Financially savvy students are applying for a raft of agri-food scholarships to help cut the cost of university study.
Hannah Nichols, 18, is from a 230-cow dairy farm in Dargaville in Northland.
She's just started studying a one-year Diploma in Agriculture at Lincoln University in Canterbury.
"The Government fees-free policy means I don't have to pay any university fees," said the Lincoln Young Farmers member.
"But my accommodation costs are almost $14,000. That's a lot of money."
Nichols was urged to consider the long list of scholarships on offer for students studying agricultural courses.
"There are more than 250 scholarships available which are designed to help entice students into the agri-food sector," said Mary Holmes from NZ Young Farmers.
"The value of those scholarships exceeds $3 million."
"It's a shame when I hear some of the scholarships go unused because students don't know they exist," she said.
Each year the World Congress Charitable Trust awards two $1500 scholarships to NZ Young Farmers members.
"I applied when I saw it advertised on social media. I was blown away when I found out my application was successful," she said.
"I couldn't believe it. I thought it was a long shot that I would get it."
Nichols will use the money to help cover some of her accommodation costs.
Fellow NZ Young Farmers member Brenna Coleman, 23, encouraged students to apply for scholarships.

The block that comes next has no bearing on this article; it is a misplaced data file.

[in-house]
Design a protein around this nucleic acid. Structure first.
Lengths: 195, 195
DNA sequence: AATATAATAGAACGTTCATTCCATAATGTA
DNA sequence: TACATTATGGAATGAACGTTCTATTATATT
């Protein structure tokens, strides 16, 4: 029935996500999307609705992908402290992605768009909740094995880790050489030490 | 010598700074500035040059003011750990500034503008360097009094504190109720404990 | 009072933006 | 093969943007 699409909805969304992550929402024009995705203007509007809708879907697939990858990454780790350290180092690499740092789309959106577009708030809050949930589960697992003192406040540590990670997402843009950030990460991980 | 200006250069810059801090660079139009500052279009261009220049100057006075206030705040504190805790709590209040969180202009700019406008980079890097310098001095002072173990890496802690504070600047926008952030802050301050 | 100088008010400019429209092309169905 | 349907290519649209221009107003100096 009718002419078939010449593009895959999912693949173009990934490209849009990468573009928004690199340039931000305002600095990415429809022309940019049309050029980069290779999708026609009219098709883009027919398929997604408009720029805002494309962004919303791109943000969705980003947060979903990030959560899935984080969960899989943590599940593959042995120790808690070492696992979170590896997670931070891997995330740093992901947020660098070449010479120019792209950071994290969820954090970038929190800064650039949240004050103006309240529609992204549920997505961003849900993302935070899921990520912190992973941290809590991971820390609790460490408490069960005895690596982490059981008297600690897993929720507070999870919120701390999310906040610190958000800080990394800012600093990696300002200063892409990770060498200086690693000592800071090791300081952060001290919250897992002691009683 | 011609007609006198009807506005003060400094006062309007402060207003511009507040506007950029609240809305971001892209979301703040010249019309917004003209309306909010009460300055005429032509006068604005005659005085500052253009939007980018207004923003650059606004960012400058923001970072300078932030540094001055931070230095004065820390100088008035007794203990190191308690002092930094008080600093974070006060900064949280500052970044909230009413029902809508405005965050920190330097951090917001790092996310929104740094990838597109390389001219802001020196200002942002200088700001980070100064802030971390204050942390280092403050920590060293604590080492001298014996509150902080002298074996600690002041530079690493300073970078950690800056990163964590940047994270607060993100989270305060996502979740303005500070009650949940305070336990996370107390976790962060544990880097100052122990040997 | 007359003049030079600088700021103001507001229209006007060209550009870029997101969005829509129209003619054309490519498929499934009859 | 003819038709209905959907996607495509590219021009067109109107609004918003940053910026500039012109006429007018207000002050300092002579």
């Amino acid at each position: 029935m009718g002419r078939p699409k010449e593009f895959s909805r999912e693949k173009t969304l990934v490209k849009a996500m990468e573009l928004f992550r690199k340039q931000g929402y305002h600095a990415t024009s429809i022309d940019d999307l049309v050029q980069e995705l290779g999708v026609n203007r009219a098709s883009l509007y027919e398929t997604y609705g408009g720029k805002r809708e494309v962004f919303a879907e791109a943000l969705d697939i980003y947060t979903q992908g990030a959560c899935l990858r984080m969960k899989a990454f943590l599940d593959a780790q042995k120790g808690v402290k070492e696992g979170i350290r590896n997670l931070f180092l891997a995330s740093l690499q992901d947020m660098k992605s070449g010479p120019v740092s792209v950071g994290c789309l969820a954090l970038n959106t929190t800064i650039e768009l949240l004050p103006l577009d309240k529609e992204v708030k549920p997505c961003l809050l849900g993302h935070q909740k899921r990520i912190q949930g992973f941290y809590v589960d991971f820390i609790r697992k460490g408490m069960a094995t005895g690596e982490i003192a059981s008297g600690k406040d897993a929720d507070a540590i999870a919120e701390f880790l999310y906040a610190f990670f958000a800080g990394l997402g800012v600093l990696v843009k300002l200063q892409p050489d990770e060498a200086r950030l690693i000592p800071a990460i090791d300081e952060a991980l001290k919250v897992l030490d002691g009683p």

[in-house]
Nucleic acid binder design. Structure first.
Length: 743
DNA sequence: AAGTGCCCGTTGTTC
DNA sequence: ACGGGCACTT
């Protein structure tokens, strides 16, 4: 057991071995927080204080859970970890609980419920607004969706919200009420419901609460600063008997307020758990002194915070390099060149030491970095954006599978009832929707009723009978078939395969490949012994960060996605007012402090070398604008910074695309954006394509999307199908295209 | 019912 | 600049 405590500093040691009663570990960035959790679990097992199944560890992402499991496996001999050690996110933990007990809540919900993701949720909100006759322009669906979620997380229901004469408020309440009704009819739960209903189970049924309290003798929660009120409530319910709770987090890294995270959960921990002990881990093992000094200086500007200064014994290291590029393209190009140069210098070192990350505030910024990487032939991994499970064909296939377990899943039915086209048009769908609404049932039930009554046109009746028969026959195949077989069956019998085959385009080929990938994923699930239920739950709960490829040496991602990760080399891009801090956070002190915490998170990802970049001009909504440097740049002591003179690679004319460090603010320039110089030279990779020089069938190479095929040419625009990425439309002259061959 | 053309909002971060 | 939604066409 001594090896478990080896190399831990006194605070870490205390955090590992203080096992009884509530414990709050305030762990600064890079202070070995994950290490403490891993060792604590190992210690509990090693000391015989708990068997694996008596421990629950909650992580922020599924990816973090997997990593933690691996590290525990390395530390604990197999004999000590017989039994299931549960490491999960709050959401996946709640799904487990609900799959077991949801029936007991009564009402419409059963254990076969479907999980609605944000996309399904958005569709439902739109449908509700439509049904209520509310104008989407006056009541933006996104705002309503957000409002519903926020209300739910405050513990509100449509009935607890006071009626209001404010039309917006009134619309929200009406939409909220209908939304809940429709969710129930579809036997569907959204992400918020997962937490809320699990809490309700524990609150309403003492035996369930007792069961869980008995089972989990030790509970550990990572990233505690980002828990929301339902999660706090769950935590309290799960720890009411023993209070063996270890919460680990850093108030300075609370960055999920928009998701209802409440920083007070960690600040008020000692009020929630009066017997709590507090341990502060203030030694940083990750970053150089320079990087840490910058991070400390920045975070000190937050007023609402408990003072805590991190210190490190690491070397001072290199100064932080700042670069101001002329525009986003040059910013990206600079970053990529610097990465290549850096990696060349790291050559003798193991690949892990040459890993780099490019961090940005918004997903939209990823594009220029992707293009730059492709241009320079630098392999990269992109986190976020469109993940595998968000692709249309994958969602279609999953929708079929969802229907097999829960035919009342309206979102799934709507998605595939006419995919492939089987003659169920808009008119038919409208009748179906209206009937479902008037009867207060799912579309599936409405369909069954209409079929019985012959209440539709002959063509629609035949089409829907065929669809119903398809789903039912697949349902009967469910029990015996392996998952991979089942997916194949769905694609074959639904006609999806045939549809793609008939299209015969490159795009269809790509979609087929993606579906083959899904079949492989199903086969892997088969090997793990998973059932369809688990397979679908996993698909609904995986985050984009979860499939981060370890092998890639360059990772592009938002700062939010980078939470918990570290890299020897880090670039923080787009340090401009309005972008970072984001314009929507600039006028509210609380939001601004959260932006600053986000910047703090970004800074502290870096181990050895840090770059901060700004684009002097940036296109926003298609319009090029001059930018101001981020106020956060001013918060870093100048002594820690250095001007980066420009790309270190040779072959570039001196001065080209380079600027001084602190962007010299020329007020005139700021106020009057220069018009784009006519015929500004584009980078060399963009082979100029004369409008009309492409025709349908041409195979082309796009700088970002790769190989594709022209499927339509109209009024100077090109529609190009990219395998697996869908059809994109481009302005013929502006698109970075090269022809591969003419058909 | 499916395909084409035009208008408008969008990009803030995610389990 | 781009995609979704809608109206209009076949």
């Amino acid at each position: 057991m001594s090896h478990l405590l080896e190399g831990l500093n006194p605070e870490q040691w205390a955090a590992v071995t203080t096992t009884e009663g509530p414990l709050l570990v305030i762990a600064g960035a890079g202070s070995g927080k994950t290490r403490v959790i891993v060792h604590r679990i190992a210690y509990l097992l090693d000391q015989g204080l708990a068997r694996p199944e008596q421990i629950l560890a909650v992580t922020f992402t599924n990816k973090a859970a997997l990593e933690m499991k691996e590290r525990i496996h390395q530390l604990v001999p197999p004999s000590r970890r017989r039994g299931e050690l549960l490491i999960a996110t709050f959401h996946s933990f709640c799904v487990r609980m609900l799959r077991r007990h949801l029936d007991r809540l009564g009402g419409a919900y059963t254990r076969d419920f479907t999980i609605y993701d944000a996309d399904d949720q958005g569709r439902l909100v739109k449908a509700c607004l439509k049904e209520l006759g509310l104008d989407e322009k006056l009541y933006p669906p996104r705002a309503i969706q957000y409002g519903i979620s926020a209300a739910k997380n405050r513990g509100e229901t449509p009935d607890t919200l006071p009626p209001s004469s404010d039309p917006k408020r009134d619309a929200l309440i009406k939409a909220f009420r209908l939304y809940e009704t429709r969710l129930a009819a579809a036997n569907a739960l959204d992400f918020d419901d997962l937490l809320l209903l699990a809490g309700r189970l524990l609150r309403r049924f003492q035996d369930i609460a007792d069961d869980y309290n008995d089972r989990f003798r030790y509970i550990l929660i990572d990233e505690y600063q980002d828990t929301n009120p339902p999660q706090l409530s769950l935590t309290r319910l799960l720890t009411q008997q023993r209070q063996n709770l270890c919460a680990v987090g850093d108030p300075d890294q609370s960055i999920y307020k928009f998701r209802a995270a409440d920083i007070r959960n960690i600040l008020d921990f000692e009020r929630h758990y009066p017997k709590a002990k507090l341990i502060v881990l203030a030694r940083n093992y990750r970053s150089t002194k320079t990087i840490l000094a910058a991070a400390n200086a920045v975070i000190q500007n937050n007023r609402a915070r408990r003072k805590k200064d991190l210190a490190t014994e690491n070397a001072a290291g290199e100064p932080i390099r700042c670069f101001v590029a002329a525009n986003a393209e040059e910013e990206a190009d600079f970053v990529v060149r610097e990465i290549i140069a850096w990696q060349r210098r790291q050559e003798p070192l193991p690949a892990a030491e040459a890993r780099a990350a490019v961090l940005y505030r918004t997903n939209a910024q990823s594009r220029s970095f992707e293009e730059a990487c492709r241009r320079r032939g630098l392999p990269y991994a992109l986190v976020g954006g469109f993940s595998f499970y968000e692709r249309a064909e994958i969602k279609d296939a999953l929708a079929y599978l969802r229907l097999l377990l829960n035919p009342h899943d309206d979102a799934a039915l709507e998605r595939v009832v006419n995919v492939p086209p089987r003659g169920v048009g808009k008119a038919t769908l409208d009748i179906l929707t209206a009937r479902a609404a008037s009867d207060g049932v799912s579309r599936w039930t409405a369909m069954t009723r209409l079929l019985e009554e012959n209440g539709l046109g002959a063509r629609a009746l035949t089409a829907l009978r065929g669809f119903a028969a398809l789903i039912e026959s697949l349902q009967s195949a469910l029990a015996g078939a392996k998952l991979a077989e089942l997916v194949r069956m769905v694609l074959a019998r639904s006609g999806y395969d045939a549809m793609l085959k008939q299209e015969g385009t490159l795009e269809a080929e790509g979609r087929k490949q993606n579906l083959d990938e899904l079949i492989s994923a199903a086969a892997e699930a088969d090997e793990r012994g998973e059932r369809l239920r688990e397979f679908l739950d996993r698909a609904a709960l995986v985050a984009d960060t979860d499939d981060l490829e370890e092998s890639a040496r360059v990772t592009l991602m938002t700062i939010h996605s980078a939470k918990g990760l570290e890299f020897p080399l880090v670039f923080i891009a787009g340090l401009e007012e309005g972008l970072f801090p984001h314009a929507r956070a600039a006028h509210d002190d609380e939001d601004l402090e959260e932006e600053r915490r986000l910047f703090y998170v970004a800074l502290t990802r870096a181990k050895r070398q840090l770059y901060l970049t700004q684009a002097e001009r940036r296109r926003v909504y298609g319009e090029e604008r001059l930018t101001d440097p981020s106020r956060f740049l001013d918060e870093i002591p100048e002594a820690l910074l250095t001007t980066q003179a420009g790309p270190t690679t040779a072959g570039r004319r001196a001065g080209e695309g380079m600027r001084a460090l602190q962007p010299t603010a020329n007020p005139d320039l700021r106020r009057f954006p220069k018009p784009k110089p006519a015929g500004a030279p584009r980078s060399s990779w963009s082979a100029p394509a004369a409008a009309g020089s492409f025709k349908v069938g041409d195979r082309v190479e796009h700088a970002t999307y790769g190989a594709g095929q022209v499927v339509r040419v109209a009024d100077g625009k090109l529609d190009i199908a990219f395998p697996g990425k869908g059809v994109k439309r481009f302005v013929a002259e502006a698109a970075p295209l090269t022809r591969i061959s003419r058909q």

"There are loads available, especially for agriculture. Many close in August, so be prepared and get your application in early," she said.
"Apply even if you don't fit the scholarship criteria because if you're the only applicant you could still be successful."
Nichols credits her involvement with TeenAg for giving her the skills to apply.
"TeenAg helped me grow my leadership skills and gave me the confidence to think outside the box."
Nichols chaired the TeenAg club at Dargaville High School for three years and competed in last year's TeenAg Grand Final in Invercargill.
"It was an amazing experience. It's great to now be studying with some of the other TeenAg members I competed against," she said.
TeenAg clubs are run by NZ Young Farmers and funded by the Red Meat Profit Partnership (RMPP).
Nichols has joined Lincoln Young Farmers and would like to work as a technical field advisor when she completes her studies.
Emma Subtil, 21, who's studying a Masters in Agribusiness at Lincoln University, also received a $1500 scholarship.
Details on other agri-food related scholarships can be found at http://www.growingnz.org.nz/scholarships.php